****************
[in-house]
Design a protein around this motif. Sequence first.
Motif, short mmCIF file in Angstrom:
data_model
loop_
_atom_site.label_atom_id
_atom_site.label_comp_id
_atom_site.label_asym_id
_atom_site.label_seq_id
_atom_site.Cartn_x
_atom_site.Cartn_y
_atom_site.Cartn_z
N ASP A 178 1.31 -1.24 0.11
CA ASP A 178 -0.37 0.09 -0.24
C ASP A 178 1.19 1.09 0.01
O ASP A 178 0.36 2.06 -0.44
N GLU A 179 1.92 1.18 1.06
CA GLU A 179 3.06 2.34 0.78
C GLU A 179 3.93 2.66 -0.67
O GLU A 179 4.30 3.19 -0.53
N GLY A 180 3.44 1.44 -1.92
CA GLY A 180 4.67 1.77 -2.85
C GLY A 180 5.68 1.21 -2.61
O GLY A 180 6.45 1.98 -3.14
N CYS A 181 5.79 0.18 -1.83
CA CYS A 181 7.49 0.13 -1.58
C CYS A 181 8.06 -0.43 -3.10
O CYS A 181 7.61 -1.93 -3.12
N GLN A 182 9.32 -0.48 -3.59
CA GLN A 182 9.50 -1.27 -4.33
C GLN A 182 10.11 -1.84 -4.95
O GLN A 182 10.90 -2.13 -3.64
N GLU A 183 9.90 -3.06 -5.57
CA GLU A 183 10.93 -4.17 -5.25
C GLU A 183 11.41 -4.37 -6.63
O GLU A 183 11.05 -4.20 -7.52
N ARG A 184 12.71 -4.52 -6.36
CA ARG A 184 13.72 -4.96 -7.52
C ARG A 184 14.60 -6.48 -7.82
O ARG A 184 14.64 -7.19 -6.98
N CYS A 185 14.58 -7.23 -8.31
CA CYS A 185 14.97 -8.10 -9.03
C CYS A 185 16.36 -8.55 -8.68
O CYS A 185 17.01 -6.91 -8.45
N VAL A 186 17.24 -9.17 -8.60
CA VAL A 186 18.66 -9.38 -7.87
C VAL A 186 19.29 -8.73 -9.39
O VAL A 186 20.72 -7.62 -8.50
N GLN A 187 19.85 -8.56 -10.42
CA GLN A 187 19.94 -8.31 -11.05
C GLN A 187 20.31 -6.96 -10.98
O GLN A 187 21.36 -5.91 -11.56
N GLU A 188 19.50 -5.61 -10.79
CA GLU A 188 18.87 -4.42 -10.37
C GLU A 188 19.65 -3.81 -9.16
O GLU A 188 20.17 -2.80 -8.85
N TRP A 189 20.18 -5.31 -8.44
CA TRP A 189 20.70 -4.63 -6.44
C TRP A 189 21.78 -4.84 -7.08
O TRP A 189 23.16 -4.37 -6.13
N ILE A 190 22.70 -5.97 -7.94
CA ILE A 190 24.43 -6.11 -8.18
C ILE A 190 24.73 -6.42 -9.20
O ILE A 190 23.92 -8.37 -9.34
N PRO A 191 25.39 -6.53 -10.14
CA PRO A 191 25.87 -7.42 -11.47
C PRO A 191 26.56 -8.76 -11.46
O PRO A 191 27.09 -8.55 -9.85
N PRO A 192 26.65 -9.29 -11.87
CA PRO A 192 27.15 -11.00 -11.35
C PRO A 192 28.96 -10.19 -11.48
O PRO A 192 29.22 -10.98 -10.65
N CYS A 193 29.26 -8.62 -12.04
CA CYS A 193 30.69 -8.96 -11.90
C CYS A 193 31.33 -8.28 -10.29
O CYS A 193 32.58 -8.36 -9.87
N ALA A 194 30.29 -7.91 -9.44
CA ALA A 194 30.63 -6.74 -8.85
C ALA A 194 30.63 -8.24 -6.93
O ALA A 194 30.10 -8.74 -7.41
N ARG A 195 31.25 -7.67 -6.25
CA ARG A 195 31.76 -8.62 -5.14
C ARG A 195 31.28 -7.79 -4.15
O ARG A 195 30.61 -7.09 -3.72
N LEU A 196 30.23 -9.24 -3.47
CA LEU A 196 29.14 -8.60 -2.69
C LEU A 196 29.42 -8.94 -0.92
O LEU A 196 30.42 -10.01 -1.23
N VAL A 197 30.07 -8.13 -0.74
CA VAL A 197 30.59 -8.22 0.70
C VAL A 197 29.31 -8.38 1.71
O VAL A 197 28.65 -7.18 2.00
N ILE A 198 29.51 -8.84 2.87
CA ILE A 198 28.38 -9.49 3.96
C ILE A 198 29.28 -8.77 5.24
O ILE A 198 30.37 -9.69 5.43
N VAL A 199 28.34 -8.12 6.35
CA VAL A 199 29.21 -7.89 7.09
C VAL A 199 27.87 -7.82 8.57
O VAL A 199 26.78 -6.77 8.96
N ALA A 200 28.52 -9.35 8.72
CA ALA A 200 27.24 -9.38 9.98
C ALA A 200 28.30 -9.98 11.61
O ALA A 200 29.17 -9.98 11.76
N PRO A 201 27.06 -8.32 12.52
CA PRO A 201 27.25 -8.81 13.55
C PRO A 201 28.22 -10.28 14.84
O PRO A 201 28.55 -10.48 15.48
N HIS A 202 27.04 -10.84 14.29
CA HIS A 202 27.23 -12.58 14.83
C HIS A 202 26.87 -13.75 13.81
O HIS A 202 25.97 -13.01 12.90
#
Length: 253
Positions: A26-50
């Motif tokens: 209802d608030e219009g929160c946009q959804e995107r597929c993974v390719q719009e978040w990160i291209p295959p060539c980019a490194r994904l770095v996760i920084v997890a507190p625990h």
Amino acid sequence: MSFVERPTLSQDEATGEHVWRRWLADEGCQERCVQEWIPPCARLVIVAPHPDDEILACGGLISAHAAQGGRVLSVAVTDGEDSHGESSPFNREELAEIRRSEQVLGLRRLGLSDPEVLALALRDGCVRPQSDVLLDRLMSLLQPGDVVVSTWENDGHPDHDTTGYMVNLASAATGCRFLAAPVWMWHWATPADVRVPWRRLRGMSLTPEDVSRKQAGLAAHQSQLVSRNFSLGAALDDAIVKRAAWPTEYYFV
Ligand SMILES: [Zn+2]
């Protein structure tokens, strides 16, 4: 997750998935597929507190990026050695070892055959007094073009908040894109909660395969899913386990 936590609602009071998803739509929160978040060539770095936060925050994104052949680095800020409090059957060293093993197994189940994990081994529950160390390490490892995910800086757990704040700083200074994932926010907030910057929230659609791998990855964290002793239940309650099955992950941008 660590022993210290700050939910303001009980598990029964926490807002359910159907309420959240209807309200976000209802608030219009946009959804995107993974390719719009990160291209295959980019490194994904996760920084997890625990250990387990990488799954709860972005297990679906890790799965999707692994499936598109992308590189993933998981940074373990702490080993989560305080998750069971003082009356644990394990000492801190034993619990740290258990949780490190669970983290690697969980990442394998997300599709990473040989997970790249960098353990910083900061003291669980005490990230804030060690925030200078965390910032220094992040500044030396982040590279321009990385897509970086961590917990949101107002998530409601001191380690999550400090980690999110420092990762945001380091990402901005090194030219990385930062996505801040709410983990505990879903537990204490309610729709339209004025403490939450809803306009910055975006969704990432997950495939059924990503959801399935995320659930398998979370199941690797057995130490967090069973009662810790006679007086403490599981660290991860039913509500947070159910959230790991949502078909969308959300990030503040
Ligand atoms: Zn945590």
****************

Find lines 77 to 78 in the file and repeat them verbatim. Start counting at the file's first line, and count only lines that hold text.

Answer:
N ALA A 194 30.29 -7.91 -9.44
CA ALA A 194 30.63 -6.74 -8.85